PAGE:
On closing argument, trial counsel adverted briefly to the toxicologist's description of Lasix, to appellant's possession of it, and to appellant's understanding of its properties. In addition, counsel patently implied that Lasix was something appellant used to mask his marijuana usage.

At the outset, we agree that the investigators' intentions with respect to Lasix testing were irrelevant and that, in any event, the toxicologist was not the proper person to declare that intent. Nevertheless, it was not the investigators' intent that caused appellant problems. To the contrary, it was evidence that appellant knowingly possessed and used Lasix, coupled with trial counsel's closing argument, that worked to appellant's detriment. Thus, if this evidence and argument were properly received, appellant could not have been prejudiced by evidence of the investigators' obvious intent.

Thus, the question is, in a prosecution for drug possession and use, is it relevant that the accused also possessed a substance which might reduce the possibility of his testing positive on a urinalysis? The military judge and the Court of Criminal Appeals answered this question in the affirmative, and so do we.

As a general proposition, all evidence is relevant as long as it has "any tendency to make the existence of any fact that is of consequence to the determination of the action more probable or less probable tha[n] it would be without the evidence." Mil. R. Evid. 401, Manual for Courts-Martial, United States, (1995 ed.) Furthermore, "[a]ll relevant evidence is admissible, except as otherwise provided . . . ." Mil. R. Evid. 402. One such exception is Mil. R. Evid. 403, which excludes evidence, although relevant, "if its probative value is substantially outweighed by the danger of unfair prejudice, confusion of the issues. . . . ," etcetera. We review a military judge's ruling admitting or excluding evidence for abuse of discretion, United States v. Sullivan, 42 MJ 360, 363 (1995). We find none here.

A number of inferences might be drawn from the finding of Lasix in appellant's home. One of them, obviously is that appellant used it, as he testified, for weight reduction. Indeed, the findings of guilty do not, in and of themselves, establish that the members rejected this assertion.  Another possible inference is that the Lasix belonged to a different member of the household and had no nexus to appellant. Appellant's own testimony, however, seems to have eliminated this inference.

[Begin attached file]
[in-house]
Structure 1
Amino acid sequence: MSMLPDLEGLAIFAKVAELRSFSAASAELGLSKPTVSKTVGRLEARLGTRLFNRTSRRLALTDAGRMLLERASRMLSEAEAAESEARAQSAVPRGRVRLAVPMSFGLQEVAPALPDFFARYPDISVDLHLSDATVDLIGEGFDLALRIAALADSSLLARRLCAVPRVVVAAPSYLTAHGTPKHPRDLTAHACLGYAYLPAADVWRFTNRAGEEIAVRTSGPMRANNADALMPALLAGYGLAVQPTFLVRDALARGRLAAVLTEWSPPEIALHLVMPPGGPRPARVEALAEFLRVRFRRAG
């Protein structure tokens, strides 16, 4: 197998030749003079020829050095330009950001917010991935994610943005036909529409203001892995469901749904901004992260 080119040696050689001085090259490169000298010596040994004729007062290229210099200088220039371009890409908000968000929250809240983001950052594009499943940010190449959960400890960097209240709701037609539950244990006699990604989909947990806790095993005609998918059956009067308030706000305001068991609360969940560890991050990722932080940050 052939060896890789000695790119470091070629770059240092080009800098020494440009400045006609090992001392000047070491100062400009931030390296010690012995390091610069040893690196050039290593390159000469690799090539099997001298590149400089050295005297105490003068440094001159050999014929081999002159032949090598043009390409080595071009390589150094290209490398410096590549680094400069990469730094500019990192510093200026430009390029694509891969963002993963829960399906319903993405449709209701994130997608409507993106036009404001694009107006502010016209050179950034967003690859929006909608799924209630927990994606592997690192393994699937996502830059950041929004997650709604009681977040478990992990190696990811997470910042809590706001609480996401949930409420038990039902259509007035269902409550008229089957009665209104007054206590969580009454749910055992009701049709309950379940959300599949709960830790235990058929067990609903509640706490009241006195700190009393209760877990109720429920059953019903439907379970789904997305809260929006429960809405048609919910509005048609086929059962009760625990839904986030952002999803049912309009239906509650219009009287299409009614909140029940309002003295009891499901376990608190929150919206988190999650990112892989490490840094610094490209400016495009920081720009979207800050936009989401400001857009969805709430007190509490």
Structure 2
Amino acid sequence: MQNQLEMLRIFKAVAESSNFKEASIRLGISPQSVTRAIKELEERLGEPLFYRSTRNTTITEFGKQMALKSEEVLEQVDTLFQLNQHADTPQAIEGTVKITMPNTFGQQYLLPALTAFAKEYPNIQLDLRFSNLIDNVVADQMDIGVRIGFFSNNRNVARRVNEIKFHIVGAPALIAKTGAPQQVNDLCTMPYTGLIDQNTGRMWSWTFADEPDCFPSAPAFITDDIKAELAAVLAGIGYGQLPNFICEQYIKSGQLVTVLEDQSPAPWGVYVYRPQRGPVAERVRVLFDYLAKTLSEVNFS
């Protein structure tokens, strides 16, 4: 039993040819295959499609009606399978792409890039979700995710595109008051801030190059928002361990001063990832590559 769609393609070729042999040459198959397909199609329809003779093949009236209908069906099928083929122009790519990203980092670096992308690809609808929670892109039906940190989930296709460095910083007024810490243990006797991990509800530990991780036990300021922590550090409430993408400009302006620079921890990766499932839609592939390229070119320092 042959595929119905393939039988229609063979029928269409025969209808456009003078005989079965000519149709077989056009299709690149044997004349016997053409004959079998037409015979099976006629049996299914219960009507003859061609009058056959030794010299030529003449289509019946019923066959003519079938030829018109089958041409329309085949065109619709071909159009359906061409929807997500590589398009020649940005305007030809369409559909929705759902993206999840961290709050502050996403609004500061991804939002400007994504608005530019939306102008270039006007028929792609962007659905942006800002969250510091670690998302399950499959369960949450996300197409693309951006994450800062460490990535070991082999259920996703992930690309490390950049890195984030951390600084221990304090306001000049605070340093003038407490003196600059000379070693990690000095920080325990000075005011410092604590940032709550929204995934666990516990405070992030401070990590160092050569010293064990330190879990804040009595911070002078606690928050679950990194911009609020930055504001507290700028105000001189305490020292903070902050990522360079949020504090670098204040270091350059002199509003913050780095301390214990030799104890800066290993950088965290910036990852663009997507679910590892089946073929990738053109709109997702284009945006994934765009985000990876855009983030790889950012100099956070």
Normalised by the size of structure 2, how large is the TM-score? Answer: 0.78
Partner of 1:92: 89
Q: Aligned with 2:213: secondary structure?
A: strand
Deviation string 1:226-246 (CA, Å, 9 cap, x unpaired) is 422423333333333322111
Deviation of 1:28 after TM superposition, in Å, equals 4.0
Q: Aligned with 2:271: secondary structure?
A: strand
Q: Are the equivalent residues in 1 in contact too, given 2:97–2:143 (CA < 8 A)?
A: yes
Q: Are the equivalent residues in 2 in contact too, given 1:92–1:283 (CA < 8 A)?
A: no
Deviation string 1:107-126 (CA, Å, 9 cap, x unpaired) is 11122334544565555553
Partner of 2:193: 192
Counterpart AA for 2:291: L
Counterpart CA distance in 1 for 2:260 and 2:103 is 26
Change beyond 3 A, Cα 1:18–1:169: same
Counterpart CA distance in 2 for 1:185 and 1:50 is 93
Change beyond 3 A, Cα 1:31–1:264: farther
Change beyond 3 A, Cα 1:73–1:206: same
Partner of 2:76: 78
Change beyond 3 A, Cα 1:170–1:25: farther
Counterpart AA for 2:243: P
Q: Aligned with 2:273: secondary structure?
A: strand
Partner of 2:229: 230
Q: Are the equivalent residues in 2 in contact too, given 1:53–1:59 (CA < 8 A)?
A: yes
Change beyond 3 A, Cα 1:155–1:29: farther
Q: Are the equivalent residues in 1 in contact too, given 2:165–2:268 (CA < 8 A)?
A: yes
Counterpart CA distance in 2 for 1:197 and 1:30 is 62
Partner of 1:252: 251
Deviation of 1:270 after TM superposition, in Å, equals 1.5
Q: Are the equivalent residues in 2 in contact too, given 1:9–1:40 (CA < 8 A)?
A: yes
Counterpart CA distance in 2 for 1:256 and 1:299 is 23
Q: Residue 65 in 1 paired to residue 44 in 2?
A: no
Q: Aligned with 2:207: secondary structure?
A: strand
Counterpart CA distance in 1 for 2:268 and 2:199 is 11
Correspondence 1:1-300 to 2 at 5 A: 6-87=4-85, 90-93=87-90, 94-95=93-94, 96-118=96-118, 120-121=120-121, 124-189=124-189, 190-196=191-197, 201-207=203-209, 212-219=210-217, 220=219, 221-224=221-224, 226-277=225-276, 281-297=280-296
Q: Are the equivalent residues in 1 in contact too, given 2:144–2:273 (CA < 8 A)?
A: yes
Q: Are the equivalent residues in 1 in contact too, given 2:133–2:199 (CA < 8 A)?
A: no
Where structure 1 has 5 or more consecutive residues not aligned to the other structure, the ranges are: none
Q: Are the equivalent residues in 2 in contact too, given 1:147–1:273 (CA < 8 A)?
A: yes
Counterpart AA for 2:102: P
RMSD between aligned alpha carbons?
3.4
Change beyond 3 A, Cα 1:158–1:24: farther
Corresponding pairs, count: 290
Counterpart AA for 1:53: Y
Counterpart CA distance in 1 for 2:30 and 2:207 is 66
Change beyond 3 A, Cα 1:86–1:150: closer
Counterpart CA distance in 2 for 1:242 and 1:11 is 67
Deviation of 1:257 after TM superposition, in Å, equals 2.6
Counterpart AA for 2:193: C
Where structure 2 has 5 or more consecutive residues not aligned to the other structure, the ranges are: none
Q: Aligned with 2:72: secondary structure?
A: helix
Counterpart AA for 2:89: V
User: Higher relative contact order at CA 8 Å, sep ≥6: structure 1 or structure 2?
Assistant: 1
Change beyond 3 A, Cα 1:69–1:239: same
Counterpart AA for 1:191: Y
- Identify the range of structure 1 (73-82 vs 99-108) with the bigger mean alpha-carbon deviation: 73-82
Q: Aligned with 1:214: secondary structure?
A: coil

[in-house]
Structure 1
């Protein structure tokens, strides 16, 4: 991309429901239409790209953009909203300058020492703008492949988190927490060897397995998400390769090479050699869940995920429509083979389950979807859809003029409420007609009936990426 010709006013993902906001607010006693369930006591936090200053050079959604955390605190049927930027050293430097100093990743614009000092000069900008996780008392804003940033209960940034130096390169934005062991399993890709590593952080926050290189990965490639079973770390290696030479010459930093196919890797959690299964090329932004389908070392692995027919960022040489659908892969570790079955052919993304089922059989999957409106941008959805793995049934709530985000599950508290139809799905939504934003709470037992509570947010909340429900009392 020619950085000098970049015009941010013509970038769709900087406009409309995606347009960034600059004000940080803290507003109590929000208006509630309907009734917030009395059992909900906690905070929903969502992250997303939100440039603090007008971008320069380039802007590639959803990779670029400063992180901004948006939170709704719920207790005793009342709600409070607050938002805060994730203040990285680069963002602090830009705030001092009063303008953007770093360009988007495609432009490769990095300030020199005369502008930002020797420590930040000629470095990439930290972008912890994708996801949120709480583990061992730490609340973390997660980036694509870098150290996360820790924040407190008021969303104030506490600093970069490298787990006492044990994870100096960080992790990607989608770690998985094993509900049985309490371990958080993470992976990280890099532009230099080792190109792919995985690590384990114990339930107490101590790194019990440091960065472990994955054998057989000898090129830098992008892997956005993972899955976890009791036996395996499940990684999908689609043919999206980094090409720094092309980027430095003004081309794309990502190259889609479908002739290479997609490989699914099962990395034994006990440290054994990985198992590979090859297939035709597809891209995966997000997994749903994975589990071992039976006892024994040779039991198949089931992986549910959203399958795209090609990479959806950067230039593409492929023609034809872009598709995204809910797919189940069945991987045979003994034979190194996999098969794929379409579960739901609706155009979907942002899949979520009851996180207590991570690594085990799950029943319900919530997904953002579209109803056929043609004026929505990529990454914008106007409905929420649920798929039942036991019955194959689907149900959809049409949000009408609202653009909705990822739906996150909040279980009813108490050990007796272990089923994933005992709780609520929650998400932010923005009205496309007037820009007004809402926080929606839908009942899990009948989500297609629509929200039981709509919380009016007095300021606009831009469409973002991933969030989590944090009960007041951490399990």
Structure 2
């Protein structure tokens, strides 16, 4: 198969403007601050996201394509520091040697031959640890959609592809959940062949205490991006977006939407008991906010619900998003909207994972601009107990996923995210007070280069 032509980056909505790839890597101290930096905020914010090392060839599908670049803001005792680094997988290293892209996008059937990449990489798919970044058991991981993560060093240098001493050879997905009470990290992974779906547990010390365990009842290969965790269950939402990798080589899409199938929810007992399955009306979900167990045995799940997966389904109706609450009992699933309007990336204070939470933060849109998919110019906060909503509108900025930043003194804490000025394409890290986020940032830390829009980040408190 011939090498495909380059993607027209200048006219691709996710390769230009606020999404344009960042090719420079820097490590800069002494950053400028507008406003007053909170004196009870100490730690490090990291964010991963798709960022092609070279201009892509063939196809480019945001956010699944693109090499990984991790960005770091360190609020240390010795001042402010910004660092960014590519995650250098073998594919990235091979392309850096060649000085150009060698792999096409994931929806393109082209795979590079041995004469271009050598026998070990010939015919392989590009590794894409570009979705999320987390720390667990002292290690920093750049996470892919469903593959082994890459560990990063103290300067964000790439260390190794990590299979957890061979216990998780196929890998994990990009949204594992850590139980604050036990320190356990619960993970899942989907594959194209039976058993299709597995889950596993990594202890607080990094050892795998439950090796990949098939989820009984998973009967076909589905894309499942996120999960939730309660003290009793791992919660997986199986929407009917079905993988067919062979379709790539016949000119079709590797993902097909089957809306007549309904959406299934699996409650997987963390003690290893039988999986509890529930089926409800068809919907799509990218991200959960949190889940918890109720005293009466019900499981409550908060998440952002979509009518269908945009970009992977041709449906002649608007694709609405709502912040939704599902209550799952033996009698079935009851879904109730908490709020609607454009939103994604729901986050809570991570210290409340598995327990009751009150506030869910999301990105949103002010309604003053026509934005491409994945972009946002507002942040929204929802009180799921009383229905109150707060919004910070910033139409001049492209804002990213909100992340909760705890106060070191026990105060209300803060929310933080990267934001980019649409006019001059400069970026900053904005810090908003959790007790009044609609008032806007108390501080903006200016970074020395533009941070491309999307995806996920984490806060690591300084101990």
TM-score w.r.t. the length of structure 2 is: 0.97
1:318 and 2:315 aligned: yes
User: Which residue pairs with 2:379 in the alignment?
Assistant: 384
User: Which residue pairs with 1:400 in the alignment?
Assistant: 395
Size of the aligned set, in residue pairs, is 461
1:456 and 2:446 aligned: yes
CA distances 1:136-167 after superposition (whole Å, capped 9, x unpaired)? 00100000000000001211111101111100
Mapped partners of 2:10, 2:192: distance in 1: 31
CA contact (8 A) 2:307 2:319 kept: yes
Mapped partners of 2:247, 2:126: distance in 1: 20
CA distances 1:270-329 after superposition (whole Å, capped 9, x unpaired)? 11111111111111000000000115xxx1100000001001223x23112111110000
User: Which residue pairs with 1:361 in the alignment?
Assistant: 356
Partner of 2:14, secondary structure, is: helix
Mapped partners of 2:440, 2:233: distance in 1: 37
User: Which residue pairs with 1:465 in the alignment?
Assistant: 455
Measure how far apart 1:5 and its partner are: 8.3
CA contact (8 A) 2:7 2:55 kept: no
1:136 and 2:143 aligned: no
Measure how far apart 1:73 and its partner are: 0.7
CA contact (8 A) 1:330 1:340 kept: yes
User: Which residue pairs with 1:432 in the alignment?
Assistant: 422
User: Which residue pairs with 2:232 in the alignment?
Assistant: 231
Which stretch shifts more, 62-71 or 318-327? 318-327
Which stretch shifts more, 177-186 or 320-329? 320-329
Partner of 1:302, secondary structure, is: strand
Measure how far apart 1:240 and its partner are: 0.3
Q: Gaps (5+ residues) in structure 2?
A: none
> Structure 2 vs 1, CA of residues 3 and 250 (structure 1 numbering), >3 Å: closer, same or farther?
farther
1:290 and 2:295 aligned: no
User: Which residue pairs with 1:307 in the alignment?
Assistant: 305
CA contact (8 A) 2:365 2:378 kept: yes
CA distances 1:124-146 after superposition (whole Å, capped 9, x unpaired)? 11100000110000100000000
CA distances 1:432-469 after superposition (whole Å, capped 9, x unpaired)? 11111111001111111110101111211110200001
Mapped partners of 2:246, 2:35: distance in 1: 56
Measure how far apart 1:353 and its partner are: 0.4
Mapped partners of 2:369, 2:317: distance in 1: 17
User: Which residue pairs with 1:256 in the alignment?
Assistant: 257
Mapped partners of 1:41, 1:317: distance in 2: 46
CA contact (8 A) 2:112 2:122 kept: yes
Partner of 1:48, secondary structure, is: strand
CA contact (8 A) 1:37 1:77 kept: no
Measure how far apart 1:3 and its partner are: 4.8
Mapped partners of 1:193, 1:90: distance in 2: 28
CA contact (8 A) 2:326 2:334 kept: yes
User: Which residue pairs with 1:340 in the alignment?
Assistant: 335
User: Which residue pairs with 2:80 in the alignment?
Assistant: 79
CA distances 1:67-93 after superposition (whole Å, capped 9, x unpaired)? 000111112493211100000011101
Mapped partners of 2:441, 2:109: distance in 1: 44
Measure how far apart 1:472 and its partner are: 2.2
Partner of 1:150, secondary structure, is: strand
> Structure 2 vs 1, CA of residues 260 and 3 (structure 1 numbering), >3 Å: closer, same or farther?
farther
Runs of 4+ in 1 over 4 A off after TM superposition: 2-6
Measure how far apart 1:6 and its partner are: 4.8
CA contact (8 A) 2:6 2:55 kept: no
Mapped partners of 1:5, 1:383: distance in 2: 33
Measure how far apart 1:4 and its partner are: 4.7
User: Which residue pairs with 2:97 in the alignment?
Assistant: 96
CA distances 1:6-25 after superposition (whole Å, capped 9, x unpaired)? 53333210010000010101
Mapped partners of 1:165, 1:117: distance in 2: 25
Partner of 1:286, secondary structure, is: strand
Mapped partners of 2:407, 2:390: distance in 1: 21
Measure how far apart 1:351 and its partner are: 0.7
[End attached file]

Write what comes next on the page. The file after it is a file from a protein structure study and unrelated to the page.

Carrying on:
Another inference quite clearly available, however, is the one argued by the prosecution--that the Lasix was used by appellant to minimize his chances of getting caught in a random urinalysis. In this respect, the Lasix constitutes indirect evidence of the charged offenses by showing an effort to avoid detection. Moreover, it shows consciousness of guilt, rebutting a claim of innocent ingestion. [3/]

Under the circumstances of the instant case, we are satisfied that the military judge adequately balanced the pertinent relevance factors, and that the probative value of appellant's possession and use of Lasix was not outweighed by any unfair prejudice or confusion that may have been caused by admission of this evidence. Thus, we are also satisfied that trial counsel's comment thereon in closing argument was permissible.

The decision of the United States Air Force Court of Criminal Appeals is affirmed.

Judges CRAWFORD, GIERKE, and EFFRON concur.


1/ The granted issue asks:

2/ The military judge's mention of this objection is the only reference to it in the record, as far as we can determine. Nonetheless, appellate defense counsel assert that the basis for the objection was relevance. We agree that relevance, hearsay, or perhaps lack of personal knowledge are plausible bases for the objection under the circumstances.

3/ The theory of the defense was that one of appellant's estranged son's must have placed marijuana in cookies he baked for appellant. Regarding the contraband found in appellant's bedroom and closet, it was the defense position that it belonged to appellant's wife who, without appellant's knowledge, smoked marijuana regularly.

Sullivan, Judge (concurring):

The substance "Lasix" was found inside appellant's home by police executing a valid search warrant. See United States v. Procopio, 88 F.3rd 21, 29-30 (1st Cir. 1996) (guns found at accused's apartment admitted to show association in criminal venture). The military judge considered the probative value of this evidence and the potential for undue prejudice. See Mil. R. Evid. 403, Manual for Courts-Martial, United States, 1984. I see no legal error. See United States v. Golb, 69 F.3rd 1417, 1428 (9th Cir. 1995) (traces of cocaine on money involved in criminal scheme).